By Frank Warren
BRITISH boxing lost its favourite son last weekend when Sir Henry Cooper, the sport's only knight, sadly passed away.
Alas, his story was not one of world title glory but instead of a trier with true British grit.
Cooper's tale has never been made into a film but it would make a great movie.
His wife, Albina, came from an Italian family and her father ran a restaurant in Soho.
Henry trained at legendary gym the Thomas a Beckett on Old Kent Road and has a pub named after him there too.
He was trained by the late, great cutsman Danny Holland and with Henry being susceptible to cuts, it made Danny's job a very busy one.
Cooper's Cockney manager, Jim Wicks, was a very shrewd operator well known for his one-liners.
Asked if Cooper would fight Sonny Liston, Wicks replied: "I wouldn't let 'Enry anywhere near that big mahogany wardrobe."
Whilst you rightly wouldn't get away with language like that now, its sentiment explains why Cooper - who was probably the best in Europe - was just short of world class, despite his famed 'Enry's 'Ammer' of a left hook.
He remains the only man to win three Lonsdale belts outright and, in 1963, got a shot at an up-and-coming heavyweight called Cassius Clay.
Their meeting at Wembley is probably Cooper's most famous fight - he floored the Louisville Lip in the fourth with a great left hook.
Clay was saved by the bell but stopped Cooper in the next round.
Cooper's second fight with Clay, by then Muhammad Ali, in 1966 - and with a world title on the line - was a more one-sided affair as Henry lost in the sixth round at Highbury.
It was his only world title shot and when he fought a faded Floyd Patterson in his very next fight, he was halted in four rounds.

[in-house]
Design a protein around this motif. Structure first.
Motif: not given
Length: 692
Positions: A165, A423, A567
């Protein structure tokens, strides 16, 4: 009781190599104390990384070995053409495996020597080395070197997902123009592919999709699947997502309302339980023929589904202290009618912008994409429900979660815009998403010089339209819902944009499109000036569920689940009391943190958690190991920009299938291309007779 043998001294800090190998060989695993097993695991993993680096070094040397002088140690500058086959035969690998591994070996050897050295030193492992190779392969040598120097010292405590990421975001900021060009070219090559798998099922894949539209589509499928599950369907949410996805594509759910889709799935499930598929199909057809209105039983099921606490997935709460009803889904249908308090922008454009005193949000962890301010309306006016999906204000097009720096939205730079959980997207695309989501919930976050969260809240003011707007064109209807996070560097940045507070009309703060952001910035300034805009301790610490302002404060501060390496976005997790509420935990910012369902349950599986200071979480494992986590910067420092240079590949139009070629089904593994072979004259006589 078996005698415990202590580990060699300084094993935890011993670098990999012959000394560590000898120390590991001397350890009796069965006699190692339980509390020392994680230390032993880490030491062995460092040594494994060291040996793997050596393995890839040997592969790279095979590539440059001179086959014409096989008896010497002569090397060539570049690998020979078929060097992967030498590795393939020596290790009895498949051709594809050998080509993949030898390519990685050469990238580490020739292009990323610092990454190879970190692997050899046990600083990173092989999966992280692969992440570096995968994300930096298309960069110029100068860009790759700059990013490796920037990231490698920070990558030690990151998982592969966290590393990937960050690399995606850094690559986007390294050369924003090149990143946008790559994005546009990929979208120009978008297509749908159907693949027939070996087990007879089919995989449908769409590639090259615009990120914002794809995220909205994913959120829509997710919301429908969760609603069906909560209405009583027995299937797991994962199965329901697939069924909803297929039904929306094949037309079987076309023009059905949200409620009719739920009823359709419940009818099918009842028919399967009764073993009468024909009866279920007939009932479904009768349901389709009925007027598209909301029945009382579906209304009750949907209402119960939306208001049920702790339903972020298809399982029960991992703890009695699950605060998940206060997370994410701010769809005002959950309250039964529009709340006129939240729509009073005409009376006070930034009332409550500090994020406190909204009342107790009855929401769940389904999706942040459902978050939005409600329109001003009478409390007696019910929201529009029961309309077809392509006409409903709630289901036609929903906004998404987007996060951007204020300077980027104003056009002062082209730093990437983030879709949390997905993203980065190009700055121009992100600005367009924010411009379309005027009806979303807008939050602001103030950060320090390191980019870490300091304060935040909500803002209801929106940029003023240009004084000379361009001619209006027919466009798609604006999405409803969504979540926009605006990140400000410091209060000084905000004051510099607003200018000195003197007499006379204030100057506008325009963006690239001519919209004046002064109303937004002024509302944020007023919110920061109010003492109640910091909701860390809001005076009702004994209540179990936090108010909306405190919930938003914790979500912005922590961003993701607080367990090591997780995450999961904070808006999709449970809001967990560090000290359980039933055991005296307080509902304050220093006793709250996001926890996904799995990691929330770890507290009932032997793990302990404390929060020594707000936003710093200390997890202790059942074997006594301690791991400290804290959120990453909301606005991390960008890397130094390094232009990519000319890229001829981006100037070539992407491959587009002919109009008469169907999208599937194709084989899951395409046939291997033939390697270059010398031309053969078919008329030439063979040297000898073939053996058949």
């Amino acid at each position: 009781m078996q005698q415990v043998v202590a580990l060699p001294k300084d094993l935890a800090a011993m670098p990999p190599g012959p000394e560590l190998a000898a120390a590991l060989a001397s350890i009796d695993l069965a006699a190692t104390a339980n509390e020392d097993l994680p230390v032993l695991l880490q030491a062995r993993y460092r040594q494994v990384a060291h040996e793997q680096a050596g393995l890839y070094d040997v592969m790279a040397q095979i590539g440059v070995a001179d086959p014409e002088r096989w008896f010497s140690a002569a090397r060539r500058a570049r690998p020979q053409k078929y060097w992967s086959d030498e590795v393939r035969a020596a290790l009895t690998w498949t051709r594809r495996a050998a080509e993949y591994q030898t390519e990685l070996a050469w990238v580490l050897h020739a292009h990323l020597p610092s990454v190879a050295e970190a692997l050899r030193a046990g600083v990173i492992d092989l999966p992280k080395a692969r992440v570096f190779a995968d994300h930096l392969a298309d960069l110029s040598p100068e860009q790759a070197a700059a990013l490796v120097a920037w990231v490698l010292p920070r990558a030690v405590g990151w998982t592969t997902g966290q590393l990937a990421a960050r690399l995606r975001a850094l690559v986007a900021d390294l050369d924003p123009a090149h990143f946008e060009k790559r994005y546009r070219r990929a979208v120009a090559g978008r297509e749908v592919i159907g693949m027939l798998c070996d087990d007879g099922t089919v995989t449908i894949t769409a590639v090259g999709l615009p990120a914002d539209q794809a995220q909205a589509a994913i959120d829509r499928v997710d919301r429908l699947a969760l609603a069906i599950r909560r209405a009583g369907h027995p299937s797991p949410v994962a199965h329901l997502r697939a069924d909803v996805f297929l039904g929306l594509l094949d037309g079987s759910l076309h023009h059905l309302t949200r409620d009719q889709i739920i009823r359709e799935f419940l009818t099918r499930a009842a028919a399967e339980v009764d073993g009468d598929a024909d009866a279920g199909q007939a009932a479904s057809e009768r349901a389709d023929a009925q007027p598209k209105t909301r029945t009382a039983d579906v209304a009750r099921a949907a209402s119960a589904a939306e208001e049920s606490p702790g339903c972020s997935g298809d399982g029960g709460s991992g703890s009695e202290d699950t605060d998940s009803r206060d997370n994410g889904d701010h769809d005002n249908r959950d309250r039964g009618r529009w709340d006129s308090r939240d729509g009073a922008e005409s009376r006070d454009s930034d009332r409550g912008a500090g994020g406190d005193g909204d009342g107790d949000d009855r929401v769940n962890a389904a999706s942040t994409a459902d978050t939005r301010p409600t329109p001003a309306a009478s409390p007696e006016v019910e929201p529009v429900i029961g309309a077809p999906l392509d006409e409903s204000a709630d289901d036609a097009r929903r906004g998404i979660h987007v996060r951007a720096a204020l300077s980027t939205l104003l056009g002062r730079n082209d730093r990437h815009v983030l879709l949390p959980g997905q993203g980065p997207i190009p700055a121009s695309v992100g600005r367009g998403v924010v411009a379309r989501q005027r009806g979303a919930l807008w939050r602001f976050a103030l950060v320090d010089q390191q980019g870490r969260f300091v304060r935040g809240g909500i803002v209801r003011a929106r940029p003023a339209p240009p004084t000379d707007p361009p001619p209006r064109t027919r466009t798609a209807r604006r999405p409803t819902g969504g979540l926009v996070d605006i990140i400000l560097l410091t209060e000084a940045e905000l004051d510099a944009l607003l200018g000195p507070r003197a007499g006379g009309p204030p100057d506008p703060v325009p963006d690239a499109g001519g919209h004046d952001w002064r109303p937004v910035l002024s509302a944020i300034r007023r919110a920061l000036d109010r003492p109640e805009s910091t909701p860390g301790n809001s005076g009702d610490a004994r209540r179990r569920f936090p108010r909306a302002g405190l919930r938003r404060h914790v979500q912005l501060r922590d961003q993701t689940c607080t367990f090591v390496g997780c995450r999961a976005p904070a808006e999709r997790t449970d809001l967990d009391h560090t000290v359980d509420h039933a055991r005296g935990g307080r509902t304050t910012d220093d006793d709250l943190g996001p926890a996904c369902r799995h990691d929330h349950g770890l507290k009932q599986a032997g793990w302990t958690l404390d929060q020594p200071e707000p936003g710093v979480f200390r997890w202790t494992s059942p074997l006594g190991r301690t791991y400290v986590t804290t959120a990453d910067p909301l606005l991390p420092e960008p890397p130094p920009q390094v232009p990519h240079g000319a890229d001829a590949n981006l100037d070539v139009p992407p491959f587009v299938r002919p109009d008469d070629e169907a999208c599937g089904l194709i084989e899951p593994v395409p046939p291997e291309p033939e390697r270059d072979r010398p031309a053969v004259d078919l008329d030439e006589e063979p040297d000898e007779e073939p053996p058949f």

Cooper remained unbeaten in seven fights after that defeat until he took on Joe Bugner in his last professional fight in 1971.
In all, Cooper lost 14 of his 55 professional bouts but that never stopped the public loving him.
A genuinely nice guy with time for everyone, it was no surprise that he was so popular - especially as he came so close to beating the best boxer on the planet.
I'M getting fed up with the British Boxing Board of Control refusing to regulate the sport properly.
This week, Dereck Chisora's British and Commonwealth heavyweight title defence against Tyson Fury fell through.
Promoter Mick Hennessy had won the right to stage the fight with a massive £300,000 purse bid but failed to supply a date and venue in time, before asking for an extension until September.
This is the second occasion huge bids have been submitted and a ridiculous situation ensued. The Board should disqualify anyone who doesn't put a fight on from bidding again for the same fight.
A WEEK after Klitschko v Haye, John Murray finally gets it on with Kevin Mitchell in London on July 9.
A week later, WBO super-featherweight champ Ricky Burns defends his title in Liverpool.